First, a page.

Migration Alert: Table is Set for Pacific Northwest Waterfowlers

Oct. 3, 2019 – Pacific Northwest Preview

© Michael Furtman

Those squeaky noises over the skies of Washington, Idaho and Oregon this past week are clarion calls for waterfowl hunters across the Pacific Northwest.

And the sing-song music of Canada, cackling, snow and white-fronted geese herald the arrival of an early fall, along with heartening prospects for duck and goose season.

All three states have good water levels, and birds have already begun filtering in from the north, encouraged by some unseasonably cold weather across much of western Canada.

“That's just a hop, skip and a jump from us,” proclaims Chris Bonsignore, DU's resident biologist in Spokane, Wash. “It bodes really well for a good opener.”

Ditto for western Washington, Oregon and Idaho, agree waterfowl managers in all three states, which are poised for Oct. 5 openings in eastern Oregon and eastern Idaho and statewide openings on Oct. 12 for Washington and the rest of Oregon and Idaho.

All three states also report good numbers of local ducks and geese and early arriving waterfowl of all species.

“Local numbers of geese look great over all our counties,” says Mossy Oak pro-staffer Tab Smith of Burley, Idaho. Smith, owner of Goose Pit Kennels, hunts geese up and down the middle and eastern Snake River Valley, and added, “We'll look for ducks later in the year.”

Smith's contacts also tell him that the state had good waterfowl production this summer, especially for cinnamon teal and Canada geese.

Brandon Reishus, waterfowl manager for the Oregon Department of Fish and Wildlife, observes what may have amounted to record production for snow geese on Russia's Wrangell Island, where the majority of the birds in the Pacific Flyway are raised.
“We're going to see phenomenal numbers of gray birds—young of the year,” he predicts.

Prospects by state: 


There has already been a big push of wigeon and pintails through the Skagit Valley and flats, and the first snow and cackling geese have arrived. Willapa Bay has also seen an early push of ducks.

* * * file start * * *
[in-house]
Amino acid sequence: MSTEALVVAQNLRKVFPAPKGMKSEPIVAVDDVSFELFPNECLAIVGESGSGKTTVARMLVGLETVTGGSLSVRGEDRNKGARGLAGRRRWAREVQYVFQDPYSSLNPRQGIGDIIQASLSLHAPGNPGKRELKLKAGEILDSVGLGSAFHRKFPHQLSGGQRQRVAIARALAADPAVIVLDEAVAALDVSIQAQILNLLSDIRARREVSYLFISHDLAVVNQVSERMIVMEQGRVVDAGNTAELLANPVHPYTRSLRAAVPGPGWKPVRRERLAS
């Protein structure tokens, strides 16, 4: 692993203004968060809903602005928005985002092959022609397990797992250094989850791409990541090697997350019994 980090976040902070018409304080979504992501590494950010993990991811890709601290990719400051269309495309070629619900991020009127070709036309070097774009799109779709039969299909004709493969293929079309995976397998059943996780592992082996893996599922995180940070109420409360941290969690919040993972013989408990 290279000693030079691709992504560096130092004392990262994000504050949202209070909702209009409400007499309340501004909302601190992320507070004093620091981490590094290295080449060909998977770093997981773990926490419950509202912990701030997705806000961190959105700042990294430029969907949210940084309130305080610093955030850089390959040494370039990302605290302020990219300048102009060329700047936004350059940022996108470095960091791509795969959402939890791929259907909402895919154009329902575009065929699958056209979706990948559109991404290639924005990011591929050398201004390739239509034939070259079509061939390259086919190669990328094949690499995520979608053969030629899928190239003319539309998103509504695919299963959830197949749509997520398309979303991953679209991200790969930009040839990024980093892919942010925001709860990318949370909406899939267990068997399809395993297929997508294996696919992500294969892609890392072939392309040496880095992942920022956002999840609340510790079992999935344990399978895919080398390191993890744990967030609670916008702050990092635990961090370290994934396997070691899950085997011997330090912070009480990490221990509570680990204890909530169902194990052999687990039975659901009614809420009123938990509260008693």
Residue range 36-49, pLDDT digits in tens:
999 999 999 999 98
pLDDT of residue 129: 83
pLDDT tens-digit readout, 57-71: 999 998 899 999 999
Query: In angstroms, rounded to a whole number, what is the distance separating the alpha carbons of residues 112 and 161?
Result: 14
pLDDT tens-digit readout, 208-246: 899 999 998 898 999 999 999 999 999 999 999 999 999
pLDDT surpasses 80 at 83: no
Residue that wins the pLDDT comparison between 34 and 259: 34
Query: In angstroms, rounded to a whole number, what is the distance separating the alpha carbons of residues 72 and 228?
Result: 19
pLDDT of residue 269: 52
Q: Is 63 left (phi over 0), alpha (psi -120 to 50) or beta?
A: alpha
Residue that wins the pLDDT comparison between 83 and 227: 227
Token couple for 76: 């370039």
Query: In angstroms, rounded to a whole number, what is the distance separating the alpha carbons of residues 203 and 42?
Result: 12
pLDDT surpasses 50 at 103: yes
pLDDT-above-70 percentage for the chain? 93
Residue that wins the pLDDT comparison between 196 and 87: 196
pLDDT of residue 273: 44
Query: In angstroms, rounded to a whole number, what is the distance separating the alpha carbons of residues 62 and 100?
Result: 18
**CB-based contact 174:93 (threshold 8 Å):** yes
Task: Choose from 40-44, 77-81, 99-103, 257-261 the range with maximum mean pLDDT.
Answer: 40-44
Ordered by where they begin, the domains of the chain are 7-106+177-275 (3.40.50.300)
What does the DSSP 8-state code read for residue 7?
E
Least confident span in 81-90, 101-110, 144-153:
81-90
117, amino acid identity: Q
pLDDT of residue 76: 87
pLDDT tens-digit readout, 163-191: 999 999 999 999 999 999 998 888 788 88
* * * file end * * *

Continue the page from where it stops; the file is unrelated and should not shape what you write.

Hunters will find most early arriving ducks on estuaries, where the birds push into the salt marshes to feed on high tides. That's the pattern throughout most of Puget Sound until fall rains begin to fill inland ponds.

In the east, Bonsignore says water conditions are good, with many ponds in the scablands already holding water.

Further cold, wet weather has delayed crop harvests, so both local birds and early arrivals will have plenty of feed.

While most northern birds will arrive in late October and early November, there may be another early push following the recent cold snap across Alberta and Saskatchewan.

(Note to Veterans and Active-Duty Military: Washington will offer an additional day of hunting for youth, veterans, and active-duty military after general duck seasons close.)


Bonsignore also reports good water conditions in northern Idaho, and Jeff Knetter, waterfowl manager for Idaho Fish and Game, says the same is true across most of the state.

“We have quite a few ducks around,” Knetter reports. “We'll have good hunting for the first couple of weeks, then it lets down a bit. Then we'll see another push of birds in late October and early November.”

Some state-managed areas such as Fort Boise in the west and Market Lake in the east have drawn down some wetlands for habitat management purposes, but it won't affect the hunting, Knetter predicts.

As usual, the Snake River is the state's primary duck magnet, and water remains open even through the winter freeze. Ducks tend to move back and forth from the river's riparian zones to agricultural fields.


Local duck production was good in western Oregon and excellent across much of the east, where Reishus reports “phenomenal” habitat conditions on the high desert.

While most of those birds will head to California following the hard freeze in late October and November, the prospects for opening day are promising.

Look for birds across the Warner Valley wetlands, Summer Lake and Malheur (carefully check regulations before planning a hunt).

As in Washington, the bays along the coast will offer good shooting for early arriving teal and wigeon.

And again, look for excellent snow goose hunting opportunities with this year's bountiful hatch. Sauvie Island will winter at least 20,000 snow geese and another 50,000 birds will show up in the upper Columbia Basin between Boardman, Oregon, and Patterson Ferry, Washington.

Duck hunters may “struggle a bit” later in the season, Reishus says, unless weather in the north gets colder and moves them south out of British Columbia and Washington.

Canada and cackling goose numbers remain well above average, and Oregon may also host improved numbers of large western Canada geese.

(NOTE: Oregon hunters who opted for the state's new electronic license and tag system must still carry a signed federal waterfowl stamp on their person while hunting.)